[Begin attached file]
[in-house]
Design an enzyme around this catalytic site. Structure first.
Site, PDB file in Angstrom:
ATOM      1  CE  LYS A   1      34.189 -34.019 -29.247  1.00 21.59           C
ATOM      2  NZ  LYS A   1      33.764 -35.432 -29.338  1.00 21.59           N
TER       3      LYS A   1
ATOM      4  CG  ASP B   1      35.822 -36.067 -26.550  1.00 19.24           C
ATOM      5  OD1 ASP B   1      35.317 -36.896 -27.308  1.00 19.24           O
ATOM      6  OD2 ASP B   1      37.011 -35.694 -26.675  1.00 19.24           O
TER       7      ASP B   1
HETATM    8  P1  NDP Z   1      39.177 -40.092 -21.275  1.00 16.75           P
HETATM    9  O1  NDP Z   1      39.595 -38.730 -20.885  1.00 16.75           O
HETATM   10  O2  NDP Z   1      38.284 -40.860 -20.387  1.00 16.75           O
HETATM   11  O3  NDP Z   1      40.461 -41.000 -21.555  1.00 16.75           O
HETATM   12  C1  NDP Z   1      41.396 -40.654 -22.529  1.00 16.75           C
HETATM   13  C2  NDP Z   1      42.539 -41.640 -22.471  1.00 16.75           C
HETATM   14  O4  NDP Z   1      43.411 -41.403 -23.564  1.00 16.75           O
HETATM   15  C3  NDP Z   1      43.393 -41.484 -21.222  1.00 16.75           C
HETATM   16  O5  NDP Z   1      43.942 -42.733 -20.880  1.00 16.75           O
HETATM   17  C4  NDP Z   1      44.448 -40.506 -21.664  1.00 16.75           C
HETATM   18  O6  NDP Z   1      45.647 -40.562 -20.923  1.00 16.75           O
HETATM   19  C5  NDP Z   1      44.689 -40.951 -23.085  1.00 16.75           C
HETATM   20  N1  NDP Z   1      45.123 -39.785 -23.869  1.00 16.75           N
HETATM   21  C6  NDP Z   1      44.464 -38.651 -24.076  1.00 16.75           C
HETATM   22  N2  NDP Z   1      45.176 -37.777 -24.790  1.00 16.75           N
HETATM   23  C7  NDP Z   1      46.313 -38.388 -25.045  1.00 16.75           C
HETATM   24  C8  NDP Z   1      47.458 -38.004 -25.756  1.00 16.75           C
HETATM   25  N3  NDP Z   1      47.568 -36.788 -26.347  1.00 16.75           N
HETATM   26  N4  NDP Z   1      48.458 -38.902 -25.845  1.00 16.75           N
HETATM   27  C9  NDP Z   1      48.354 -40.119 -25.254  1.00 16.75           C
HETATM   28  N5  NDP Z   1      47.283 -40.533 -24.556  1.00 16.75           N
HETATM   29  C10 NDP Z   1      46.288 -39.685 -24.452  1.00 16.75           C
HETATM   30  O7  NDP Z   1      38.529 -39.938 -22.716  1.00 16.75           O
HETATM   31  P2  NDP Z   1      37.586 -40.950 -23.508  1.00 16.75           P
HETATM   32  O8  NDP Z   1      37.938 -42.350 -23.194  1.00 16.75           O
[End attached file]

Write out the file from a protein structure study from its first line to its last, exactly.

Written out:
[in-house]
Design an enzyme around this catalytic site. Structure first.
Site, PDB file in Angstrom:
ATOM      1  CE  LYS A   1      34.189 -34.019 -29.247  1.00 21.59           C
ATOM      2  NZ  LYS A   1      33.764 -35.432 -29.338  1.00 21.59           N
TER       3      LYS A   1
ATOM      4  CG  ASP B   1      35.822 -36.067 -26.550  1.00 19.24           C
ATOM      5  OD1 ASP B   1      35.317 -36.896 -27.308  1.00 19.24           O
ATOM      6  OD2 ASP B   1      37.011 -35.694 -26.675  1.00 19.24           O
TER       7      ASP B   1
HETATM    8  P1  NDP Z   1      39.177 -40.092 -21.275  1.00 16.75           P
HETATM    9  O1  NDP Z   1      39.595 -38.730 -20.885  1.00 16.75           O
HETATM   10  O2  NDP Z   1      38.284 -40.860 -20.387  1.00 16.75           O
HETATM   11  O3  NDP Z   1      40.461 -41.000 -21.555  1.00 16.75           O
HETATM   12  C1  NDP Z   1      41.396 -40.654 -22.529  1.00 16.75           C
HETATM   13  C2  NDP Z   1      42.539 -41.640 -22.471  1.00 16.75           C
HETATM   14  O4  NDP Z   1      43.411 -41.403 -23.564  1.00 16.75           O
HETATM   15  C3  NDP Z   1      43.393 -41.484 -21.222  1.00 16.75           C
HETATM   16  O5  NDP Z   1      43.942 -42.733 -20.880  1.00 16.75           O
HETATM   17  C4  NDP Z   1      44.448 -40.506 -21.664  1.00 16.75           C
HETATM   18  O6  NDP Z   1      45.647 -40.562 -20.923  1.00 16.75           O
HETATM   19  C5  NDP Z   1      44.689 -40.951 -23.085  1.00 16.75           C
HETATM   20  N1  NDP Z   1      45.123 -39.785 -23.869  1.00 16.75           N
HETATM   21  C6  NDP Z   1      44.464 -38.651 -24.076  1.00 16.75           C
HETATM   22  N2  NDP Z   1      45.176 -37.777 -24.790  1.00 16.75           N
HETATM   23  C7  NDP Z   1      46.313 -38.388 -25.045  1.00 16.75           C
HETATM   24  C8  NDP Z   1      47.458 -38.004 -25.756  1.00 16.75           C
HETATM   25  N3  NDP Z   1      47.568 -36.788 -26.347  1.00 16.75           N
HETATM   26  N4  NDP Z   1      48.458 -38.902 -25.845  1.00 16.75           N
HETATM   27  C9  NDP Z   1      48.354 -40.119 -25.254  1.00 16.75           C
HETATM   28  N5  NDP Z   1      47.283 -40.533 -24.556  1.00 16.75           N
HETATM   29  C10 NDP Z   1      46.288 -39.685 -24.452  1.00 16.75           C
HETATM   30  O7  NDP Z   1      38.529 -39.938 -22.716  1.00 16.75           O
HETATM   31  P2  NDP Z   1      37.586 -40.950 -23.508  1.00 16.75           P
HETATM   32  O8  NDP Z   1      37.938 -42.350 -23.194  1.00 16.75           O